This article is from the Bulgaria FAQ, by Dragomir R. Radev email@example.com with numerous contributions by others.
(by US Department of State), last updated: 17-Jul-1920
Bulgaria - Consular Information Sheet
September 14, 1999
COUNTRY DESCRIPTION: Bulgaria is a moderately developed European nation
undergoing significant economic changes. Tourist facilities are widely
available although conditions vary and some facilities may not up to
Western standards. Goods and services taken for granted in other European
countries are still not available in many areas of Bulgaria.
ENTRY REQUIREMENTS: A passport is required. A visa is not required for U.S.
citizen visitors for stays of up to 30 days. Travelers who intend to stay
more than 30 days should secure a Bulgarian visa as the fees connected with
the extension of their stay in the country are much higher than the visa
fees. Visitors should carry their passport with them at all times. For
further information concerning entry requirements, travelers should contact
the Embassy of the Republic of Bulgaria at 1621 22nd St. N.W., Washington,
D.C. 20008; tel: (202) 483-5885 (main switchboard (202) 387-7969) or the
Bulgarian Consulate in New York City.
CRIME INFORMATION: Petty street crime, much of which is directed against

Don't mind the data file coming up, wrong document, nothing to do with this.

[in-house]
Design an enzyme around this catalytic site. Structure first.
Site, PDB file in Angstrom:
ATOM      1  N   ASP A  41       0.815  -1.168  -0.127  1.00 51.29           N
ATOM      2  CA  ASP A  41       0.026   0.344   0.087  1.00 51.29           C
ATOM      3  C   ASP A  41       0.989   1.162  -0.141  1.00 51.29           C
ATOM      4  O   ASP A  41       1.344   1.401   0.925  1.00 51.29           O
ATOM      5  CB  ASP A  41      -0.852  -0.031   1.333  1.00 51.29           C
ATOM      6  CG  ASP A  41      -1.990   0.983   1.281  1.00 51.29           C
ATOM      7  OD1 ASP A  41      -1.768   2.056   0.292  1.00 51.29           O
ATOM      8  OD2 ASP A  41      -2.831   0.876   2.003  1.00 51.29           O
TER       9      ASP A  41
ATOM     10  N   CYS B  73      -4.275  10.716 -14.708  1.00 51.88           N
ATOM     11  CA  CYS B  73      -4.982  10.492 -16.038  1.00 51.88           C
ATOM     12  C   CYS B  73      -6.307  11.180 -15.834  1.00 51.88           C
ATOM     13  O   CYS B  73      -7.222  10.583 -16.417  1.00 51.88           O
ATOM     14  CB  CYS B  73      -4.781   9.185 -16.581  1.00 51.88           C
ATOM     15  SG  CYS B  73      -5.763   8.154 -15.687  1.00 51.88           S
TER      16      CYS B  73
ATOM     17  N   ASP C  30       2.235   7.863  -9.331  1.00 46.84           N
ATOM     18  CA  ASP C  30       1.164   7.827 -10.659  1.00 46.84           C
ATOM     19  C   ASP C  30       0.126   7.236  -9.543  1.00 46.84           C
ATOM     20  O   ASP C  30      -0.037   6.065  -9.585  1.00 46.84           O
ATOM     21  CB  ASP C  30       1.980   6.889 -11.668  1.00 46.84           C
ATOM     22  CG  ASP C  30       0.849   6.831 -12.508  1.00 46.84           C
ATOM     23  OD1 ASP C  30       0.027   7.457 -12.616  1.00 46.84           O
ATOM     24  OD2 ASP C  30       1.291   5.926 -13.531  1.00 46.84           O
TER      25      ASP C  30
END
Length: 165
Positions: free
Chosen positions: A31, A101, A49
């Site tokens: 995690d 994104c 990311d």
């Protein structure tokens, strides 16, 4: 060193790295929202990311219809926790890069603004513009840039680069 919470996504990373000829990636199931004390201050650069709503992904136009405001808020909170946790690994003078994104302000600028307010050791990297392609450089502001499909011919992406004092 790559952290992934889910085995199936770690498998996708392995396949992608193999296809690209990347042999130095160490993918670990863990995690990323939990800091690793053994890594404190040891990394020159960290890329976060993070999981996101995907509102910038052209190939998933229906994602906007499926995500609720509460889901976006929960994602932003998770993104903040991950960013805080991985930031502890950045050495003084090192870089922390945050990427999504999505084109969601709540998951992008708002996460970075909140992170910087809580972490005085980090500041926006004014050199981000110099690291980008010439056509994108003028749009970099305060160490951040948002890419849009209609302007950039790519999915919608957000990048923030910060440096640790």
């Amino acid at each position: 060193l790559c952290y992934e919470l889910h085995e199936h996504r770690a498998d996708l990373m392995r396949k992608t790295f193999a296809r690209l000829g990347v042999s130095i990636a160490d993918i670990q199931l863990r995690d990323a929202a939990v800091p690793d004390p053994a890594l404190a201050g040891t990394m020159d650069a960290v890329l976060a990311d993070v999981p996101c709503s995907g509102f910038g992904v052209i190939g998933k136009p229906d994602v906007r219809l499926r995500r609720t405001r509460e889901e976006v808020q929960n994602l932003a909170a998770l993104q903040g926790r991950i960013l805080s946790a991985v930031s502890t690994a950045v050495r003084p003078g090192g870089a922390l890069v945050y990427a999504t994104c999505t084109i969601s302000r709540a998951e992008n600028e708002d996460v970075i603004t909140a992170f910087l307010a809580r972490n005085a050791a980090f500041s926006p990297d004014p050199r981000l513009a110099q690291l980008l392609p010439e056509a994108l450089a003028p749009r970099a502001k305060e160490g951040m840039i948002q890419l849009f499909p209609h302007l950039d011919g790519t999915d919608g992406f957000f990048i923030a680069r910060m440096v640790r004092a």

foreigners or others who appear to have money, continues to be a problem.
Pickpocketing and purse snatching are frequent occurrences, especially in
crowded markets and on shopping streets. Confidence artists operate on
public transportation and in bus and train stations, and travelers should
be suspicious of "instant friends" and should also require persons claiming
to be officials to show identification. Taxi drivers at Sofia Airport often
gouge unwary travelers, and even if they agree to run their meters, the
amounts to be paid are much higher than normal. Travelers who pre-negotiate
a fare can avoid the more outrageous overcharging. Because incidents of
pilferage of checked baggage at Sofia Airport are common, travelers should
not include items of value in checked luggage. Automobile theft is also a
frequent problem, with four-wheel drive vehicles and late model European
sedans the most popular targets. Very few vehicles are recovered. Thieves
also sometimes smash vehicle windows to steal valuables left in sight. The
loss or theft abroad of a U.S. passport should be reported immediately to
the local police and the nearest U.S. Embassy or Consulate. U.S. citizens
may refer to the Department of State's pamphlet A Safe Trip Abroad for ways
to promote a more trouble-free journey. The pamphlet is available by mail
from the Superintendent of Documents, U.S. Government Printing Office,
Washington, D.C. 20402, via the Internet at
http://www.access.gpo.gov/su_docs, or via the Bureau of Consular Affairs
home page at http://travel.state.gov.
MEDICAL FACILITIES: Although Bulgarian physicians are trained to a very
high standard, most hospitals and clinics are generally not equipped and
maintained at U.S. or Western European levels. Basic medical supplies are
widely available, but specialized treatment may not be obtainable. Serious
medical problems requiring hospitalization and/or medical evacuation to the
United States can cost thousands of dollars or more. Doctors and hospitals